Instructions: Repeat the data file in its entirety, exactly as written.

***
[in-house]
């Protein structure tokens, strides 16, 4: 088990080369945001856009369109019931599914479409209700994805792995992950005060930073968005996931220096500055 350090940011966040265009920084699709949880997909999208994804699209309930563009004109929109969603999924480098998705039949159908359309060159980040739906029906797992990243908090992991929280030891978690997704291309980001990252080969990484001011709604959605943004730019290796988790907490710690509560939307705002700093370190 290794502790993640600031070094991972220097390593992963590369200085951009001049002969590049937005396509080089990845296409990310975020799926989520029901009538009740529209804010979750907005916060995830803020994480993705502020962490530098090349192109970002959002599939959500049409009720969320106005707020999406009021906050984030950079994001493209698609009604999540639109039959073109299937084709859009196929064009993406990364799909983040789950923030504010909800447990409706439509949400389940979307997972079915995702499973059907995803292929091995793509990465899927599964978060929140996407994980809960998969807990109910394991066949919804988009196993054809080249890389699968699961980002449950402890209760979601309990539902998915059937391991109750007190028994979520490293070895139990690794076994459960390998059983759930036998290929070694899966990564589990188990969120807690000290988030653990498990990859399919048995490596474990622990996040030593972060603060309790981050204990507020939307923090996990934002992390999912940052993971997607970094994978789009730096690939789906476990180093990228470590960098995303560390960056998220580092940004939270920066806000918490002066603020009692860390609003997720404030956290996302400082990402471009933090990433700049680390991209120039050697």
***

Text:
[in-house]
């Protein structure tokens, strides 16, 4: 088990080369945001856009369109019931599914479409209700994805792995992950005060930073968005996931220096500055 350090940011966040265009920084699709949880997909999208994804699209309930563009004109929109969603999924480098998705039949159908359309060159980040739906029906797992990243908090992991929280030891978690997704291309980001990252080969990484001011709604959605943004730019290796988790907490710690509560939307705002700093370190 290794502790993640600031070094991972220097390593992963590369200085951009001049002969590049937005396509080089990845296409990310975020799926989520029901009538009740529209804010979750907005916060995830803020994480993705502020962490530098090349192109970002959002599939959500049409009720969320106005707020999406009021906050984030950079994001493209698609009604999540639109039959073109299937084709859009196929064009993406990364799909983040789950923030504010909800447990409706439509949400389940979307997972079915995702499973059907995803292929091995793509990465899927599964978060929140996407994980809960998969807990109910394991066949919804988009196993054809080249890389699968699961980002449950402890209760979601309990539902998915059937391991109750007190028994979520490293070895139990690794076994459960390998059983759930036998290929070694899966990564589990188990969120807690000290988030653990498990990859399919048995490596474990622990996040030593972060603060309790981050204990507020939307923090996990934002992390999912940052993971997607970094994978789009730096690939789906476990180093990228470590960098995303560390960056998220580092940004939270920066806000918490002066603020009692860390609003997720404030956290996302400082990402471009933090990433700049680390991209120039050697």